It seemed like she wasn’t walking, she was gliding through and she had a meek demeanour but exuded confidence.  She looked like a no-nonsense lamb. He couldn’t help but stare at her, eyes filled with wondrous confusion.

She softly landed on a seat almost opposite his, looked around disinterestingly before whipping out her phone.  He was holding his phone too but it was only so that it wouldn’t be too obvious to her or anyone the fact that he was staring at her from above the phone

Then it was time to board. He watched her struggle with a medium sized box, a small luggage and her hand bag over the flight of stairs that led to the platform where the train awaited them.

His gentlemanly instincts which was otherwise dormant but for the sights of damsels in distress and a few choice moments kicked in and he approached her. He was nervous.  He had never been that nervous to approach a girl. Not even the fiery ones. But he had sweaty palms in anticipation of talking to a lamb.

‘Do you need help with that’?   He asked her, his faint British accent becoming more accentuated by the lob-dob of his heart.

She turned to him, a sweet smile already plastered on her face.

‘Don’t worry, I’m good. Thanks though’. Her voice was like he imagined.  Cottony. Soft and melodious like she was singing softly in speech.

How modest, he thought. The baggage was obviously dragging her back. He had to help. He wondered why she didn’t take the elevator instead but he wasn’t complaining, it was his grand opening.

‘I know you are.  But it seems unfair, I have just a laptop bag and you have three bags. It’s just fair to share’. He flashed her his most charming smile.

She looked at the bags as if in contemplation, turned her gaze to him, then wordlessly extended the big box to him. He collected it, thought fleetingly of how he just acted like a bellboy and hoped she won’t attempt to give him some change after they reach their seats.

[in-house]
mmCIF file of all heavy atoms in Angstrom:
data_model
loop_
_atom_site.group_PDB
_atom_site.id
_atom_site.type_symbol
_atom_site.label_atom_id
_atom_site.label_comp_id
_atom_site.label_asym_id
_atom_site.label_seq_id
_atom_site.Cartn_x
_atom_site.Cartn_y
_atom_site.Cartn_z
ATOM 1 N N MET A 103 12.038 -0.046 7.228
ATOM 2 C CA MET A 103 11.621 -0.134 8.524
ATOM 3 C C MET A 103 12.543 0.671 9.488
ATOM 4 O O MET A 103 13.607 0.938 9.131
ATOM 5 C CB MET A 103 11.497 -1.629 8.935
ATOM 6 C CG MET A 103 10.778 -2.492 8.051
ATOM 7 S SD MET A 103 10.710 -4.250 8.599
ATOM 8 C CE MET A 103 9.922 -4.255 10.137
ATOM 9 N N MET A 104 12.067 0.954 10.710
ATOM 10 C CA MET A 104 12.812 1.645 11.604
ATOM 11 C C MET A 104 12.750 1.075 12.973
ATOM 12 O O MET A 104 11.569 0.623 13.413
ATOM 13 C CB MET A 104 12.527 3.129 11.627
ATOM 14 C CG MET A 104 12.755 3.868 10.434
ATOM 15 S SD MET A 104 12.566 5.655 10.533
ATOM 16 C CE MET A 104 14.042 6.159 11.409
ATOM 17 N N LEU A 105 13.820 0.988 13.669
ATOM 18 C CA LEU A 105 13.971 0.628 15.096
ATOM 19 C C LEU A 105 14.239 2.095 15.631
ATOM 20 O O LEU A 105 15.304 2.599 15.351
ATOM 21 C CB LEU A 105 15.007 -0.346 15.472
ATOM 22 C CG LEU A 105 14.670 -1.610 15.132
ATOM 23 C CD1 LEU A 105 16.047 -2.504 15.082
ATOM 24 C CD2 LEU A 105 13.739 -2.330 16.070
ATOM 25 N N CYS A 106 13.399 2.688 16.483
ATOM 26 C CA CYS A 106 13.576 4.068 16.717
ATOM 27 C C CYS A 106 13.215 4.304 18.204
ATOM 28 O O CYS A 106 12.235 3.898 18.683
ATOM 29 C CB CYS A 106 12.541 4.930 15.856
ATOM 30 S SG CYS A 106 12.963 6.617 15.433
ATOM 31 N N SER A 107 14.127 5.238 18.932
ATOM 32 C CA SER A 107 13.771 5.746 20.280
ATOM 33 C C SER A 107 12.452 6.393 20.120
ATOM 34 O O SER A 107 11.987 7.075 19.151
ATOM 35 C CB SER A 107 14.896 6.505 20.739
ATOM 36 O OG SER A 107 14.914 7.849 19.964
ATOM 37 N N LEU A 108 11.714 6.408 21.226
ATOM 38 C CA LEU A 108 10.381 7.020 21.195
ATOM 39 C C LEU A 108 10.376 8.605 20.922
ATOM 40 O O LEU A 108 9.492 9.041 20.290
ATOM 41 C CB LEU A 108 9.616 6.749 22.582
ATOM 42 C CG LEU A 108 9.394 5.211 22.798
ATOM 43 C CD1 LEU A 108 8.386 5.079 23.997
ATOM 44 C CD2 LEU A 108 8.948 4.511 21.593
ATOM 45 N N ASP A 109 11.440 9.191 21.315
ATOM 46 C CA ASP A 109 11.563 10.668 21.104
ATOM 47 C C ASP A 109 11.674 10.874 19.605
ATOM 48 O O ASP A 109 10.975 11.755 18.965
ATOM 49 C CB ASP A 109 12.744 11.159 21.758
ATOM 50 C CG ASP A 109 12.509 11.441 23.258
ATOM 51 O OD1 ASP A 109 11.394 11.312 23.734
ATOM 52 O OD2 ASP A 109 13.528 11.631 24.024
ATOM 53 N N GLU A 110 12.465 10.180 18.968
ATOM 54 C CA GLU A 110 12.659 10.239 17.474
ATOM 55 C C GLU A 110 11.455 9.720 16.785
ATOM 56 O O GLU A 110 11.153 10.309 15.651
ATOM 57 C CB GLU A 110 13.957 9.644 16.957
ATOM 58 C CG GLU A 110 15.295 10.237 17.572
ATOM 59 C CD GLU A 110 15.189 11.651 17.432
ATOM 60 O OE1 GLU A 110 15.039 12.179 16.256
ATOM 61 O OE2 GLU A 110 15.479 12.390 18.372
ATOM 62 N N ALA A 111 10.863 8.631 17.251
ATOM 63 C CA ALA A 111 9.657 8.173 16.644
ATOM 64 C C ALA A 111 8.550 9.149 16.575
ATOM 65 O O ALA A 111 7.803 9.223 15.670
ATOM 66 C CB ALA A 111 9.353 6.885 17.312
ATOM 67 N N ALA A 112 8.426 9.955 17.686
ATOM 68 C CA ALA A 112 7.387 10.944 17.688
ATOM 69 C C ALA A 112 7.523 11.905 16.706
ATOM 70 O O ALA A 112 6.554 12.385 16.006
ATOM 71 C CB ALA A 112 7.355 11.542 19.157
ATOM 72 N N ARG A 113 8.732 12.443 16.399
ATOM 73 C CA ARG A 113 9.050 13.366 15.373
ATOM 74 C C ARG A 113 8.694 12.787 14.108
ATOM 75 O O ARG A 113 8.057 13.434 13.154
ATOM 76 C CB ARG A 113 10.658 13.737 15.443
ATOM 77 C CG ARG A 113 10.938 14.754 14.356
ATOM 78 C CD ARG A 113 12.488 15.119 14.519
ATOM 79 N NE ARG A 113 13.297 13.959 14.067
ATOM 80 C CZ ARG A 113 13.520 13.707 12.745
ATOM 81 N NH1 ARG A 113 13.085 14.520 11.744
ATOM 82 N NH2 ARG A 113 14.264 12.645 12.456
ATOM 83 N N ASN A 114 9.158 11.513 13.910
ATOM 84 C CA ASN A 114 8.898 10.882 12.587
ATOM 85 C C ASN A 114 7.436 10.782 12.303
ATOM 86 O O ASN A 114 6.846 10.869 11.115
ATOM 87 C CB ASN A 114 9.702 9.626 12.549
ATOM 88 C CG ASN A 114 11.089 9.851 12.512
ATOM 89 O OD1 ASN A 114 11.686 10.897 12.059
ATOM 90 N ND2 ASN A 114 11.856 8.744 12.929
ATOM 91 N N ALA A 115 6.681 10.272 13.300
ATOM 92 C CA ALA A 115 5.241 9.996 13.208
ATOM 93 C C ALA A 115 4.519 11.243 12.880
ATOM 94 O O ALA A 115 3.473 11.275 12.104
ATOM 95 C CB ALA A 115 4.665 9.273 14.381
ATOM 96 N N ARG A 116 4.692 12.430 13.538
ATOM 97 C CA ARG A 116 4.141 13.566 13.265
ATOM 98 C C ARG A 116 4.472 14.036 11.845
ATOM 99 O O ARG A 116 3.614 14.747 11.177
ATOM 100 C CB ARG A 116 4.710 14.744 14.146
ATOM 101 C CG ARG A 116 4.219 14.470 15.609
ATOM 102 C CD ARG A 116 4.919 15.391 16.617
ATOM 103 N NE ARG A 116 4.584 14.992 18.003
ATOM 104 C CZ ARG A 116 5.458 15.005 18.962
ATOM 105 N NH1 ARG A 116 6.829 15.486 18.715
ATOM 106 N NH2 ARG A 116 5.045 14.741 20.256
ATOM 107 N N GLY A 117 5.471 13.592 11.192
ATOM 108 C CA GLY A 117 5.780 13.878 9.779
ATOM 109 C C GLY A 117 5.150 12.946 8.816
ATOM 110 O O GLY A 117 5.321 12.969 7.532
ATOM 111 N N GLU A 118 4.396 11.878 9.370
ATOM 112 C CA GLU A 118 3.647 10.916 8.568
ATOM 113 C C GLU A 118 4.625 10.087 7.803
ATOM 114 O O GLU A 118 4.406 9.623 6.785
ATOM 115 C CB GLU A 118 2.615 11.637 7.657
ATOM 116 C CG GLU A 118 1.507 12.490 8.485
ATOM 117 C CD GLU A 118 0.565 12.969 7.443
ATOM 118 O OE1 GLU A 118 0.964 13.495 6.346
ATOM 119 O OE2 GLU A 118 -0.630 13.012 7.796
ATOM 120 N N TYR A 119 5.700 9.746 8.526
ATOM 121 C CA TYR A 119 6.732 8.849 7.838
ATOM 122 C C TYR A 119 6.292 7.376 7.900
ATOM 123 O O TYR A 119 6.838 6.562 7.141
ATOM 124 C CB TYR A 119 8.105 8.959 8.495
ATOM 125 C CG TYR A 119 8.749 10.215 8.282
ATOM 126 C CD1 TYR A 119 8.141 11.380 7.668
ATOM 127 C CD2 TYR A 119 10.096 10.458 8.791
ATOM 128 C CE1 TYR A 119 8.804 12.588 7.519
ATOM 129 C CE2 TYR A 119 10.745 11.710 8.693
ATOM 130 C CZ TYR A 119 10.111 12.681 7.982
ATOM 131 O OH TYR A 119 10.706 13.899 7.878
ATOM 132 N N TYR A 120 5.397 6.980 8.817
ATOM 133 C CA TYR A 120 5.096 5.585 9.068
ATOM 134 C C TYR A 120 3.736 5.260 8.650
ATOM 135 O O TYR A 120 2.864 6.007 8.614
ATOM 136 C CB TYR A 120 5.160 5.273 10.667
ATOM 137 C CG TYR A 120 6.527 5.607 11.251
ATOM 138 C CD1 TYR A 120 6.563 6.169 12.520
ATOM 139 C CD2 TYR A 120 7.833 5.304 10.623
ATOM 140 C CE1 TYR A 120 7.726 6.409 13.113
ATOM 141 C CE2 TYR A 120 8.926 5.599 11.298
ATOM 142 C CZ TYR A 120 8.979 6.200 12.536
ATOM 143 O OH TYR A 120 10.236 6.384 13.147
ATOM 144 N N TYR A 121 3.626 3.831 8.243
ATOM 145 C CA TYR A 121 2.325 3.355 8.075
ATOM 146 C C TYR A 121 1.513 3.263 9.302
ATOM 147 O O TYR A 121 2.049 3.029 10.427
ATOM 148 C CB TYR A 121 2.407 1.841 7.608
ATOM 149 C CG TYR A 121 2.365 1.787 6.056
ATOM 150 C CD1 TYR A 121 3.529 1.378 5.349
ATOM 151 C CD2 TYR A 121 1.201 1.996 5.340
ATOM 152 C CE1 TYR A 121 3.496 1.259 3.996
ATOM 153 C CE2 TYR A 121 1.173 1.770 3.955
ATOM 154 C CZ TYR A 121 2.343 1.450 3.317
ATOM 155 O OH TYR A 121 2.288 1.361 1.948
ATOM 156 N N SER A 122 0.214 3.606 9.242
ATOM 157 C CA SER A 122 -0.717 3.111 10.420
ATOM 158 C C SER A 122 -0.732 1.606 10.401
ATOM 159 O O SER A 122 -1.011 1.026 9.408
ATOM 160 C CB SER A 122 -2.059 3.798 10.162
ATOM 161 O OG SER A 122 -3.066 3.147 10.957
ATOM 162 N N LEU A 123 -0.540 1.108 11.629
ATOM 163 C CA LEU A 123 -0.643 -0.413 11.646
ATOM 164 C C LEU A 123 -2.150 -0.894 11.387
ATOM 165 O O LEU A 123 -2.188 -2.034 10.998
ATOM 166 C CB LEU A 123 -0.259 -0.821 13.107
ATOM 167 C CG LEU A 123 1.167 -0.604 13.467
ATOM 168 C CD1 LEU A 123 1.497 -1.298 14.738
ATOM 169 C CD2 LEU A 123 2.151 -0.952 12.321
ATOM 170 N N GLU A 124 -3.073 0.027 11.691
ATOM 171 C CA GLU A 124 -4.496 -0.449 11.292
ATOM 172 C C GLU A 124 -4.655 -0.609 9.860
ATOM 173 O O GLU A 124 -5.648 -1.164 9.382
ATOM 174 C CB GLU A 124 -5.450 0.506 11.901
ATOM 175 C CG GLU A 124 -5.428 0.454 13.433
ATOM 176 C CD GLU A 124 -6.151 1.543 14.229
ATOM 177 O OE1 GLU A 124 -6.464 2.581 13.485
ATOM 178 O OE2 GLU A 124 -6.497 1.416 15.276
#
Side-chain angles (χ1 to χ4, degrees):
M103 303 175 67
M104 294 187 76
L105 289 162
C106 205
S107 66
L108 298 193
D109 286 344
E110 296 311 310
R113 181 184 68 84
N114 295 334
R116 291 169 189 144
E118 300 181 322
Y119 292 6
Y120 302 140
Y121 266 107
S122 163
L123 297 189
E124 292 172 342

‘I can help you with that one too’. He motioned at the smaller hand luggage. Her eyes widened in an emotion he couldn’t decipher, she stared down at it and shook her head.

‘I’m fine really. Thanks’ another smile.

They were both in first class. Good. First class tends to have empty seats so even of they weren’t seat mates, he hoped the seat near hers will be vacant. The connection he felt with her couldn’t just be lost on the train.

‘What’s your seat number?’ He asked, he willed her to say seat 31, the one near his.

’54’ she replied. Dang!

He hauled her box up the rack. She smiled in appreciation.
‘Thank you. Where’s your seat’. She was just being polite.

’32’ he said motioning with his head to the rows of seats behind.

She nodded, he stood still for a  bit waiting for an invitation from her to join the seat but she had already settled on her seat and was rummaging through her handbag. The hand luggage was wedged between her leg and the seat in front of her and it looked uncomfortable.

He bent to help her put it up also on the rack but was cut off by an alarmed sound the moment his hand touched the bag.

‘Don’t touch that!’ She exclaimed.  Then realised her voice was a notch higher than cottony. She lowered her eyes in shyness and looked away. ‘I want this one beside me’ she explained further.

He nodded and left wondering about the very sudden outburst. His mother had always warned him to never open a lady’s bag, he may be surprised at the things he might find. His mother never said anything about touching it.

He settled on his seat but his mind was restless and soon enough, his body grew restless too. Something was enigmatic about her. He wanted to find out.

He stood up and pretended he was going to buy something in the corner canteen . He wanted to see if the seat near her was like his, empty.  But there was an elderly man seated there struggling to settle his laptop on the small fold-in table attached to the back of the seat in front of them.